A music lover from an early age, Charley Pride staged a professional baseball career before his music career took off, playing on Negro League and minor league teams before and after his military service. He also pursued music, performing before baseball games when he played for the East Helena Smelterites in Montana. While still playing baseball, Pride played in local acts and recorded demos before being discovered by Chet Atkins. Pride’s third single release, “Just Between You And Me,” really launched his career, hitting #9 on the Hot Country Songs chart in 1967 and earning him a Grammy nomination. After that, Pride went on to sell more than 70 million records, had 36 #1 country singles, 12 gold albums, and, for a time, was second only to Elvis as RCA’s biggest selling act. Pride was in his peak for almost 20 years, with his biggest successes coming between 1966–1983. Pride was one of only three African-American members of the Grand Ole Opry and was inducted into the Country Music Hall of Fame in 2000. Among his most popular songs are “Kiss an Angel Good Mornin’,” “Is Anybody Goin’ to San Antone,” “All I Have To Offer You Is Me,” and “(I’m So) Afraid Of Losing You.” [Photo: GREG MATHISON, Public domain, via Wikimedia Commons]


musicians who died in 2020Vera Lynn, 103
Singer, songwriter — died 6/18/20
Roger Waters initially wanted Vera Lynn’s song, “We’ll Meet Again,” to open The Wall, and I can’t be the only one who recognized her name by the reference in the album’s song, “Vera.” Lynn, a British singer and dame with a 96-year career in the music industry, was known as the “Forces’ Sweetheart” during World War II, and she performed numerous outdoor concerts for the British troops overseas. Songs like “We’ll Meet Again,” “The White Cliffs of Dover,” “A Nightingale Sang in Berkeley Square,” and “There’ll Always Be an England” were popular during that time, though Lynn’s career continued after the war, with “My Son, My Son” becoming a #1 hit in the UK in 1954. In 2009, she earned the distinction of being the oldest living artist to top the UK Album Chart when We’ll Meet Again: The Very Best of Vera Lynn was released when she was 92. Eight years later, she hit #3 with the compilation album, Vera Lynn 100, to commemorate her 100th birthday, making her the first performer over 100 to score a Top 10 album. [Photo: Eric Koch / Anefo, CC BY-SA 3.0 NL via Wikimedia Commons]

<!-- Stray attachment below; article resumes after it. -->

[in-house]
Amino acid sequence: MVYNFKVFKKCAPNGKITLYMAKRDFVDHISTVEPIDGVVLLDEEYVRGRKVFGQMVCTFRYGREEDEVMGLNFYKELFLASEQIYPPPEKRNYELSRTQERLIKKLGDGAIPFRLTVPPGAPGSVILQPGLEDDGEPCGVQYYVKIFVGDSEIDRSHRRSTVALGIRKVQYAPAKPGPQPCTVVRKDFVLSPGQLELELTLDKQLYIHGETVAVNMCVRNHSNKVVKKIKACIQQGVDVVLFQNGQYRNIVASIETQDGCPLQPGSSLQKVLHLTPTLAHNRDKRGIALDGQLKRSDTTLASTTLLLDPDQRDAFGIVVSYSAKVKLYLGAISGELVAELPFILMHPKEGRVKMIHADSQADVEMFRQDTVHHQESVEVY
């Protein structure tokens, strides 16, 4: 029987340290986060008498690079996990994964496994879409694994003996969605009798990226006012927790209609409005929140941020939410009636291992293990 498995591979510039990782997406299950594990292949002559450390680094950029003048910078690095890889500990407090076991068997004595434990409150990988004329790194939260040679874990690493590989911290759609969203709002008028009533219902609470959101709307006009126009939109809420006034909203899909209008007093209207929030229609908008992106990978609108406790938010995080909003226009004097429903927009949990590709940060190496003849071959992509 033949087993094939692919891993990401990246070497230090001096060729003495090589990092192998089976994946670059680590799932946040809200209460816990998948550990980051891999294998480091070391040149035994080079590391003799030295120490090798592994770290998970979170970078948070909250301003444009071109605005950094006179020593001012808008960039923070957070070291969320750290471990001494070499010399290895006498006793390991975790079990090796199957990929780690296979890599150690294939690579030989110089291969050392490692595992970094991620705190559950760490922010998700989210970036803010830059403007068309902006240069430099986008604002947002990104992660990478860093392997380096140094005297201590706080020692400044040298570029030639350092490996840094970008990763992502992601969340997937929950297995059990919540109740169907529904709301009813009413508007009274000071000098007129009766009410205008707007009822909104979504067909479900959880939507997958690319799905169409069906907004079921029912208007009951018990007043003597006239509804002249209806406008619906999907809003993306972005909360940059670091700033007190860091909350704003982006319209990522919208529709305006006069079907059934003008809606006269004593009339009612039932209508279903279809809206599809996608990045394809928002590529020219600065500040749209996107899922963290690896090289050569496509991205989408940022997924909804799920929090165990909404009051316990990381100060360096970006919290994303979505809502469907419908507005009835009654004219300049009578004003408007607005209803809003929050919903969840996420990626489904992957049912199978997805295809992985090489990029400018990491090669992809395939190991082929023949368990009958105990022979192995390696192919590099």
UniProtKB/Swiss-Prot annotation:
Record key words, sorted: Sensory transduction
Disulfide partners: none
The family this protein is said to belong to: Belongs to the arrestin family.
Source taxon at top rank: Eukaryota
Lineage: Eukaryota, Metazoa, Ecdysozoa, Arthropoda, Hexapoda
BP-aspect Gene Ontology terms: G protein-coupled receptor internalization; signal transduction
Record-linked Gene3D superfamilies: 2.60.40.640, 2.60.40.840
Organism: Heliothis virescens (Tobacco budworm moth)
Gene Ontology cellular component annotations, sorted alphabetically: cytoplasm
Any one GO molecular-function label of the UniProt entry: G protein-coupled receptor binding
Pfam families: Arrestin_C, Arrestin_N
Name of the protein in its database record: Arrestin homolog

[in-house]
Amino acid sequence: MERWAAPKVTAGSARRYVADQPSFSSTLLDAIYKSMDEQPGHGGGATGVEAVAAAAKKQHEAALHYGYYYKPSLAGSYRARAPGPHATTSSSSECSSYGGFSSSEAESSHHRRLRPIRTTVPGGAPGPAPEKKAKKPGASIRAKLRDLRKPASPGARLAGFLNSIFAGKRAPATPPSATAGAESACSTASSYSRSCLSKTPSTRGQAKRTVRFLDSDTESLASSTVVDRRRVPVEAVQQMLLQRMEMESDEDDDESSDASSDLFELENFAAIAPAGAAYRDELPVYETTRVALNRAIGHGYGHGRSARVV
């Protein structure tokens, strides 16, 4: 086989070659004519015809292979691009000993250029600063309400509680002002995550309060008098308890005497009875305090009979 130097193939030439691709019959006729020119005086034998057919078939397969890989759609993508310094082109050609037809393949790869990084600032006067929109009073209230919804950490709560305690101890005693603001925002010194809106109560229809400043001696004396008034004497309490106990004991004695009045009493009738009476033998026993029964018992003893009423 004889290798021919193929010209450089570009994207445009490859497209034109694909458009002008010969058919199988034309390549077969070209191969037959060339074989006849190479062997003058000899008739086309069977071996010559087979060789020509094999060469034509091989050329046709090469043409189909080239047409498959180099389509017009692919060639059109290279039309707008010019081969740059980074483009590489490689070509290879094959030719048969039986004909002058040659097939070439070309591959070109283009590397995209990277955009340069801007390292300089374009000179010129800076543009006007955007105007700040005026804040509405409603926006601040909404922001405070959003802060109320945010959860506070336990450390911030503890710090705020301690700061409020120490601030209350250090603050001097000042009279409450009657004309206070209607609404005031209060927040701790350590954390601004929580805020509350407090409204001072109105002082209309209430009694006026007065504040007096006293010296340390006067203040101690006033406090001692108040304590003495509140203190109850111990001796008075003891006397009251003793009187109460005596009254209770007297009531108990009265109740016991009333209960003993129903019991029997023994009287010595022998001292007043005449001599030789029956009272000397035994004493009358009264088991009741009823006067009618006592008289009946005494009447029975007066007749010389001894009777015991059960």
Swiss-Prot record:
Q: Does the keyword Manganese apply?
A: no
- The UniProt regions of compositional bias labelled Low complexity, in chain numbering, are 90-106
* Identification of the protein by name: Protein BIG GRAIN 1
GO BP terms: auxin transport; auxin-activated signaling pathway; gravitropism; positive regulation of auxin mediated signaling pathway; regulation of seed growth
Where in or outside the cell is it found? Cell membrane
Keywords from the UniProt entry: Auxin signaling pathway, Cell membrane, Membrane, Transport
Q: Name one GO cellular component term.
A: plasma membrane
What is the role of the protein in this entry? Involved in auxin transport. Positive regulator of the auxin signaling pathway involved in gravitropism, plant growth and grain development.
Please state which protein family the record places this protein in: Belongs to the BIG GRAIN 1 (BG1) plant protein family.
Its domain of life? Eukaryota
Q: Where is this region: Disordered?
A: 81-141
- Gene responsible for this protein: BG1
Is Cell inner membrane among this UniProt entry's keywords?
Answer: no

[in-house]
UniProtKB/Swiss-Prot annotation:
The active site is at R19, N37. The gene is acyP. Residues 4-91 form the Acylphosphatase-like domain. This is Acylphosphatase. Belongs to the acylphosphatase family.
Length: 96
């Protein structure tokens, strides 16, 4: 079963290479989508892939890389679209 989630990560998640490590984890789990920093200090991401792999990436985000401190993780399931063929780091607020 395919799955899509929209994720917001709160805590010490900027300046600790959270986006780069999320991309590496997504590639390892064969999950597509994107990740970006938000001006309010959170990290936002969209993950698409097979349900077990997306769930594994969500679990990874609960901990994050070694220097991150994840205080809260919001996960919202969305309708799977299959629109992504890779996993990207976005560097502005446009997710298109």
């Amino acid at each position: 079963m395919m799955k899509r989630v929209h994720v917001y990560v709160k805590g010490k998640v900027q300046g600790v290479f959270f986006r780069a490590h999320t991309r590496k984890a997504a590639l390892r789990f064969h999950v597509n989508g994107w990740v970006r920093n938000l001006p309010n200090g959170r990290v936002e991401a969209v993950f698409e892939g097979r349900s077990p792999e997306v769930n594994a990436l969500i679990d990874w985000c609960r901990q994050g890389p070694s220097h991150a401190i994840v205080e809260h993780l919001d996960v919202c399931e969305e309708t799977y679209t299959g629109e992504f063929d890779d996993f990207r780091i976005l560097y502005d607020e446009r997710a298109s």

musicians who died in 2020Leslie West
Guitarist, vocalist, songwriter — died 12/22/20
Born in New York City and growing up in New York and New Jersey, Leslie Weinstein (AKA Leslie West), joined the Vagrants in the mid-’60s, playing R&B-tinged rock and roll before dissolving in the late ’60s. West’s first solo album, 1969’s Mountain, led to the formation of a band with the same name that would break up and re-form multiple times over the course of the guitarist’s career. Riff-oriented hard-driving rock was West’s forte, best known for the song “Mississippi Queen,” from the 1970 album Climbing!, featuring Mountain’s original line-up. West also partnered with notable musicians through the years, forming bands with Jack Bruce from Cream (West, Bruce & Laing) and an incarnation of The Leslie West Band that included Foreigner’s Mick Jones. West took some time off in the late ’70s to deal with substance abuse issues and lost a leg due to complications from Type 2 Diabetes in 2011, but his catalog of recorded material continued at a steady clip through 2015’s Soundcheck.


musicians who died in 2020Helen Reddy, 78
Singer, songwriter, author, actress, and activist — died after suffering from Addison’s disease and dementia on 9/29/20
Australian-born Helen Reddy found her way to the US via a talent show that offered an opportunity to audition for Mercury Records. While the audition didn’t work out, Reddy’s aspirations didn’t waiver, and in 1969, she moved to Los Angeles with her husband Jeff Wald, where he soon started managing Deep Purple and Tiny Tim. In 1971, Reddy released a single, a cover of Mac Davis’ “I Believe in Music,” but it was the B-side, “I Don’t Know How to Love Him” from the musical Jesus Christ Superstar, that made it to #13 on the Billboard charts. That was followed up by Reddy’s most famous song, “I Am Woman,” which reached #1 on the charts just as the women’s liberation movement was in full swing. Reddy wrote the lyrics to the song, which won a Grammy for “Best Pop Vocal Performance, Female” in 1972, and while she never quite reached the same heights, Reddy was nominated for another Grammy three years later and hit the Top 40 over a dozen times with hits like “Delta Dawn,” “Angie Baby,” “Leave Me Alone (Ruby Red Dress),” and “Ain’t No Way to Treat a Lady.”


musicians who died in 2020Malik B., 47
Rapper, singer, founding member of the Roots — died of undisclosed causes on 7/29/20
In the early ’90s, Malik Abdul Basit, AKA Malik B, started rapping and emceeing with high school friends who would later become The Square Roots, ultimately dropping the first half of the name to become the highly influential and acclaimed, the Roots. Malik B. recorded four albums with the group between 1993 and 1999, the independent release, Organix, and three label releases, Do You Want More?!!!??!, Illadelph Halflife, and Things Fall Apart. Things Fall Apart really broke things open for the group, going platinum, scoring a Top 40 single, and winning a Grammy for “Best Rap Performance By A Duo Or Group” for “You Got Me,” a collaboration with Erykah Badu. Malik B. returned to join the Roots in later years as a featured performer, and he released three solo projects, 2005’s solo LP, Street Assault, 2006’s EP, Psychological, and a collaboration with Mr. Green, 2015’s Unpredictable. [Photo: TwinTurbo, CC BY-SA 3.0, via Wikimedia Commons]